Hardwiring Happiness

Hardwiring Happiness: The new brain science of contentment, calm and confidence. By Rick Hanson, PhD.

Using a warm, readable style, Rick Hanson uses neuroscience to explain how our needs for safety, satisfaction and connection have evolved to have us focussing on the negative, a trait less than healthy in modern society. By ‘taking in the good’, we can retrain our brain to enjoy moments of beauty, calm and love, until the neurons that fire together, wire together and feelings of security, contentment, joy and affection become our everyday default setting. Very practical and well worth a read.

More information about: Hanson, R. (2013). Hardwiring Happiness; The new brain science of contentment, calm, and confidence. Harmony

Part One: Why

  • Chapter 1: Growing Good
  • Chapter 2: Velcro for the Bad
  • Chapter 3: Green Brain, Red Brain
    Part Two: How
  • Chapter 4: HEAL Yourself
  • Chapter 5: Take Notice
  • Chapter 6: Creating Positive Experiences
  • Chapter 7: Brain Building
  • Chapter 8: Flowers Pulling Weeds
  • Chapter 9: Good Uses
  • Chapter 10: 21 Jewels

…to help our ancestors survive, the brain evolved a negativity bias that makes it like Velcro for bad experiences but Teflon for good ones. Pxxvi

…positive experiences can meet your needs for safety, satisfaction, and connection. Pxxvi

I’ve distilled them down to four simple steps with the acronym HEAL: Have a positive experience. Enrich it. Absorb it. Link positive and negative material so that positive soothes and even replaces negative. (The fourth step is optional.) pxxvi

Inner strengths …include a positive mood, common sense, integrity, inner peace, determination, and a warm heart. Researchers have identified other strengths as well, such as self-compassion, secure attachment, emotional intelligence, learned optimism, the relaxation response, self-esteem, distress tolerance, self-regulation, resilience, and executive functions. P4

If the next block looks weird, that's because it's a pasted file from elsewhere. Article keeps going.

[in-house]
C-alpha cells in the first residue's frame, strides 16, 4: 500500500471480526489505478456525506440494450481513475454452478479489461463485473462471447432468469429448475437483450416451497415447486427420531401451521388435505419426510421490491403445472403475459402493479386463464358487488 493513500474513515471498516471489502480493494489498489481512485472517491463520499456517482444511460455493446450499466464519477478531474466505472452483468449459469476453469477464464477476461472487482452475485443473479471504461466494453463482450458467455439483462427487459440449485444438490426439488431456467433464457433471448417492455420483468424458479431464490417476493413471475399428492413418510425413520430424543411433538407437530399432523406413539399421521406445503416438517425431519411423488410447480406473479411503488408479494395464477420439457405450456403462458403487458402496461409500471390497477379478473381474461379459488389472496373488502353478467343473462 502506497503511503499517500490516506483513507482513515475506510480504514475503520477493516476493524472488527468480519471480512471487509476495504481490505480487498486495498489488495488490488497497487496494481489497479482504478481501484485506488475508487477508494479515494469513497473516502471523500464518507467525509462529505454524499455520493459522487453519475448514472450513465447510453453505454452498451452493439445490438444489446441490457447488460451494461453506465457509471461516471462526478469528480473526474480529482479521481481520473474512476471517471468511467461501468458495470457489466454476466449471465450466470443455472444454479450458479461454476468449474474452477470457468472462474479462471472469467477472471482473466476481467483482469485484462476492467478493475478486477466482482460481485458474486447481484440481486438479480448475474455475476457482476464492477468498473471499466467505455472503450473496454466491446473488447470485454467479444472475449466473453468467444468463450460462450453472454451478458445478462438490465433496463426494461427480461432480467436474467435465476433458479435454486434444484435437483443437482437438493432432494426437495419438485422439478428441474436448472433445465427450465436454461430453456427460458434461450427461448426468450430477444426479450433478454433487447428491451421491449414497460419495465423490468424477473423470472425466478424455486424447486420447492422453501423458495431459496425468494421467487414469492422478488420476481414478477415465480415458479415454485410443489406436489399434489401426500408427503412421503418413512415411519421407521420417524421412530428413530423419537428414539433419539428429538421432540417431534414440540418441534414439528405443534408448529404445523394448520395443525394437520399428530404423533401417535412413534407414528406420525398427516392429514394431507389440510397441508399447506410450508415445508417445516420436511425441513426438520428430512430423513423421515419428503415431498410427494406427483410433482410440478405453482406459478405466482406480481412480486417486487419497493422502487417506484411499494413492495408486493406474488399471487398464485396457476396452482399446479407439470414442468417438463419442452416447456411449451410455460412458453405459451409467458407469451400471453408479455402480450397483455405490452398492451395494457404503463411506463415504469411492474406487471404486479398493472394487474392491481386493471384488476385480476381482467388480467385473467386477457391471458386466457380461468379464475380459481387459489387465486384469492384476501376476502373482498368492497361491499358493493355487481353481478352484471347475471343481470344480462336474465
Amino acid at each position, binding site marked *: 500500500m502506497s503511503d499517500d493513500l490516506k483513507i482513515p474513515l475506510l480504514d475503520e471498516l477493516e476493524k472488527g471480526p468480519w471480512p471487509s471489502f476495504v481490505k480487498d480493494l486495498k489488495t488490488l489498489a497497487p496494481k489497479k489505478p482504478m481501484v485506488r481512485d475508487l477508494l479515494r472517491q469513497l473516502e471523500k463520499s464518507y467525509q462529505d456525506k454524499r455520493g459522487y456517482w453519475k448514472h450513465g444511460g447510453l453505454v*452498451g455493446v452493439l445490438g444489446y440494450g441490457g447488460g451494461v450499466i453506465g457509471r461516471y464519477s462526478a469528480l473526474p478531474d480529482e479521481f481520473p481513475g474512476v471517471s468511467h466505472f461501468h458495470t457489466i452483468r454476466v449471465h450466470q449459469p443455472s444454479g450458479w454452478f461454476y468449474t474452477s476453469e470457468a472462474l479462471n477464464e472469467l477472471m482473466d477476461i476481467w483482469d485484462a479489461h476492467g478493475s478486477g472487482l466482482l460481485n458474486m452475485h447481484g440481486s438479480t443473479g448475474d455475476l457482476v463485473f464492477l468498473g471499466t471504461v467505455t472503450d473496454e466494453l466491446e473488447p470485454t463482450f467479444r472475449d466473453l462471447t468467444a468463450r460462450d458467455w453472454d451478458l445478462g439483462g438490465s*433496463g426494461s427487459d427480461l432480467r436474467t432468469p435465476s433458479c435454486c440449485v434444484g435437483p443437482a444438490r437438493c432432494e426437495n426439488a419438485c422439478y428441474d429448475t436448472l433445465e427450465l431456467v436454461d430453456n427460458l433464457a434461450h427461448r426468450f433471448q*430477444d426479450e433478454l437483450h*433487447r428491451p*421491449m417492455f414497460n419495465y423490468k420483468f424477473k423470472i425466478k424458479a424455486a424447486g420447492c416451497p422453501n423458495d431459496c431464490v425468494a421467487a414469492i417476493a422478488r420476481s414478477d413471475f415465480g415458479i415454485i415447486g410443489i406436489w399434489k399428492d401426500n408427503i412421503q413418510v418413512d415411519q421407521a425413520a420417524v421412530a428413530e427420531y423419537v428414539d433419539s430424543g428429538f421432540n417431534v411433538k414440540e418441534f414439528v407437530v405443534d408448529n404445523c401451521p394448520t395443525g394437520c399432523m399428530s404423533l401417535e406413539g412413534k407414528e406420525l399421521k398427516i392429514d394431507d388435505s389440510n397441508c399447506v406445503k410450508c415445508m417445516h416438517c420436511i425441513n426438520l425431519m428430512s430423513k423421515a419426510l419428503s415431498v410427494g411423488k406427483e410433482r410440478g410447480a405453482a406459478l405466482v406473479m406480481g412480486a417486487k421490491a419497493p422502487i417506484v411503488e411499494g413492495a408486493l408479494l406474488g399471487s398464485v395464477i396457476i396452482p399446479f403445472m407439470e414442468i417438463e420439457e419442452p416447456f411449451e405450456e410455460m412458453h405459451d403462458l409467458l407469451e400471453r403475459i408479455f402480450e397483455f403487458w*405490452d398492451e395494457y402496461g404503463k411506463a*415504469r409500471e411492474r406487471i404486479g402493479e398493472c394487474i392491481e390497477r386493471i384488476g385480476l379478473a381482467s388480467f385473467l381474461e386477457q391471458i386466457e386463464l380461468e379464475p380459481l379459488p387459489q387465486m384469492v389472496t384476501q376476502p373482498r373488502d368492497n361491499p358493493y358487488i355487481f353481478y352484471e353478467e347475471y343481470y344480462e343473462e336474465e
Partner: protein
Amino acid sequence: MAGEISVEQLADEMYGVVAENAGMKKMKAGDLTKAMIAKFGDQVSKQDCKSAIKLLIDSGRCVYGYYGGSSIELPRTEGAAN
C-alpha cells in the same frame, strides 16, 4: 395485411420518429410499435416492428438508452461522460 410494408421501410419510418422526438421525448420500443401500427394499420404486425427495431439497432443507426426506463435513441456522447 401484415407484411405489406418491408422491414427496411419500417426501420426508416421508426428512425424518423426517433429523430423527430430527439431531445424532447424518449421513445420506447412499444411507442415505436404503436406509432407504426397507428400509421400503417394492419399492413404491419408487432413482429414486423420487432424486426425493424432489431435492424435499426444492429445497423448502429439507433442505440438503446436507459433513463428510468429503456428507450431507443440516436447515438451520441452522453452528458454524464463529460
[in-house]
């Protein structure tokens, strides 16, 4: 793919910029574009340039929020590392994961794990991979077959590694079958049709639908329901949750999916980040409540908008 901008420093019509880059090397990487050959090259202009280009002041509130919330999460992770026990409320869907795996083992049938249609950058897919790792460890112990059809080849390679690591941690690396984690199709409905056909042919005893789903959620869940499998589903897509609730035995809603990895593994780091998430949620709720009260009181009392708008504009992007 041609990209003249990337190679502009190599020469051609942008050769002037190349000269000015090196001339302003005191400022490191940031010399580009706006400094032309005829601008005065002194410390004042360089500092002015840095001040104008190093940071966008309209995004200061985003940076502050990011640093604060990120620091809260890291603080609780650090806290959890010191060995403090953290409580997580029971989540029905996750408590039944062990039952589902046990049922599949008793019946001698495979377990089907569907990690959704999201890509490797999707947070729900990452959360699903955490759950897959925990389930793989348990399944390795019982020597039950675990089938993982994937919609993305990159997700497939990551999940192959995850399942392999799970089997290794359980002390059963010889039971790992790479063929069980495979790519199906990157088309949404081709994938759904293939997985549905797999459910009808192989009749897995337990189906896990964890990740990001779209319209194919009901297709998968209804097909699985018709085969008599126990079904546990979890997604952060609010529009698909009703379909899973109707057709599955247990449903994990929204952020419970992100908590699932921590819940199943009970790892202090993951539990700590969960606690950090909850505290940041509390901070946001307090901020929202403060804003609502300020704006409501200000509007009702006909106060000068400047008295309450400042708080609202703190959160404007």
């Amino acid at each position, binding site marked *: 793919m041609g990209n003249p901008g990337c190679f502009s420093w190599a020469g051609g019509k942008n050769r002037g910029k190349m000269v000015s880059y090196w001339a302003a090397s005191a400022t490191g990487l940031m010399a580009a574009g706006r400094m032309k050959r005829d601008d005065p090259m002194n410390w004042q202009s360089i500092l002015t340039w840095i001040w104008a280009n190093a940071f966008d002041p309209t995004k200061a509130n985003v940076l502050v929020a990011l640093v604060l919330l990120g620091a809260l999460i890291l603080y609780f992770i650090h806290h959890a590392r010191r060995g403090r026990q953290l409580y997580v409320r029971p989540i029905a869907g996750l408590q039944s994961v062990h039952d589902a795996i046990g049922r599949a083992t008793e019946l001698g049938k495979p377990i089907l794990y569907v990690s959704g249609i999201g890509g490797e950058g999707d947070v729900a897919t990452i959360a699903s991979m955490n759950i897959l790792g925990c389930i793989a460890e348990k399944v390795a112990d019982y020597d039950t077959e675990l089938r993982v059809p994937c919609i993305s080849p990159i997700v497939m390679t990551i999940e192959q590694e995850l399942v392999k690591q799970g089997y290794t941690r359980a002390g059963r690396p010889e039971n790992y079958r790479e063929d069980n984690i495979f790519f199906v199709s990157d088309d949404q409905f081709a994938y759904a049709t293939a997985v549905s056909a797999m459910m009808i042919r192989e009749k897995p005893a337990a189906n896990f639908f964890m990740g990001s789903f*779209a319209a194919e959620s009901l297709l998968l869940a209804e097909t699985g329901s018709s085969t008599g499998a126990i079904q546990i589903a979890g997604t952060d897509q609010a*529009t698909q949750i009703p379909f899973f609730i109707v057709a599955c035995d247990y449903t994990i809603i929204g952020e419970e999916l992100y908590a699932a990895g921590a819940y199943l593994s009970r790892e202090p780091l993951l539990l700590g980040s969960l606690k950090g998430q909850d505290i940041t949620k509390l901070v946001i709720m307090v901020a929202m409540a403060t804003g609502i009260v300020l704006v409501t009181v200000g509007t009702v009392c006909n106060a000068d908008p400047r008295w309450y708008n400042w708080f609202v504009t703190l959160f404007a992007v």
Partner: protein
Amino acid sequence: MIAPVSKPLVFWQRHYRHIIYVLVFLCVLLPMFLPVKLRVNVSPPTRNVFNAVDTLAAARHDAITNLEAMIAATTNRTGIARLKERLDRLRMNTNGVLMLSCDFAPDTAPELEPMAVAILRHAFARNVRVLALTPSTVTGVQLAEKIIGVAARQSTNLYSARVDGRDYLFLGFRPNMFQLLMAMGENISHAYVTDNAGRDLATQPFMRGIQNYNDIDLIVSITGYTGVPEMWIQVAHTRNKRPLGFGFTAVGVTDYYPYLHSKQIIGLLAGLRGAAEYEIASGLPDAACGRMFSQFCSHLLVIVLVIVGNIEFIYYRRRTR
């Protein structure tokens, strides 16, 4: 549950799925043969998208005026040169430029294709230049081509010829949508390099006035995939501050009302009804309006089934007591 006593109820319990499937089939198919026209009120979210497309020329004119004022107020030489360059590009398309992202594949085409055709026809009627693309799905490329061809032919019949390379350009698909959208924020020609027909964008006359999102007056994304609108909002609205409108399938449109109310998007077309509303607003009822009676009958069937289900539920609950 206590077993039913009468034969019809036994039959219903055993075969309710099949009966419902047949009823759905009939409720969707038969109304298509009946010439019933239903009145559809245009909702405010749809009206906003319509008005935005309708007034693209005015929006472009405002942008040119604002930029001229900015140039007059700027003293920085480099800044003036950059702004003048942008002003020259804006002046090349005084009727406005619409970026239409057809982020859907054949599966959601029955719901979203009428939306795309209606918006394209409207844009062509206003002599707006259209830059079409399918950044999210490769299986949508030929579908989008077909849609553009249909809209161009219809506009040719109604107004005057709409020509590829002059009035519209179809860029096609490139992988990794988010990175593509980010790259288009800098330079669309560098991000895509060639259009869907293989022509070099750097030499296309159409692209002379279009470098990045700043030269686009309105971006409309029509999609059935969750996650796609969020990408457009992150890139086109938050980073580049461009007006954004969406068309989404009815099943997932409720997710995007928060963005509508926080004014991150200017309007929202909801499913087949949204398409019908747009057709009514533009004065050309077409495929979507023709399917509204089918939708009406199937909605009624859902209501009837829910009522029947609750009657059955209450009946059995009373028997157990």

…positive emotions …reduce reactivity and stress, help heal psychological wounds, and improve resilience, well-being, and life satisfaction. Positive emotions encourage the pursuit of opportunities, create positive cycles, and promote success. They also strengthen your immune system, protect your heart, and foster a healthier and longer life. P6

In essence, you can manage your mind in three primary ways: let be, let go, let in. p6

As they say in neuroscience: Neurons that fire together, wire together. Mental states become neural traits. P10

activate mental states and then install them as neural traits. P15

From a survival standpoint, sticks have more urgency and impact than carrots. P20

In effect, the negativity bias is tilted toward immediate survival, but against quality of life…p29

…happiness encourages us to take practical steps toward our dreams. P44

We have no choice about the vital needs the brain serves – avoiding harms, approaching rewards, and attaching to others – nor about its capacity to be in either mode, green or red. Our only choice is about which mode we’re in. p50

You can use your mind to change your brain for the better. In particular, you can engage life from the responsive mode as much as possible, contain and calm reactive states when they occur, and return to your responsive home base as soon as you can. P52

When you tilt toward the good, you’re not denying or resisting the bad. You’re simply acknowledging, enjoying, and using the good. You’re aware of the whole truth, all the tiles of the mosaic of life, not only the negative ones. P60

Technically, taking in the good is the deliberate internalization of positive experiences in implicit memory. P60

As much as you can, help ideas like these become emotionally rewarding experiences; otherwise it’s merely positive thinking. P61

To take in the good, you have to want to help yourself. P65

You’ll be turning moments of hedonic well-being into a more fundamental sense of fulfillment and meaning: what’s called eudaimonic well-being. P71

Taking in the good is not about chasing after pleasure or chasing away pain. It’s about bringing the chase to an end. P71

In your subcortex and brain stem, connected but separate circuits handle liking and wanting. P87

Liking without wanting is heaven, while wanting without liking is hell. P88

In terms of building neural structure, what matters is not the event or circumstance or condition itself but your experience of it. P93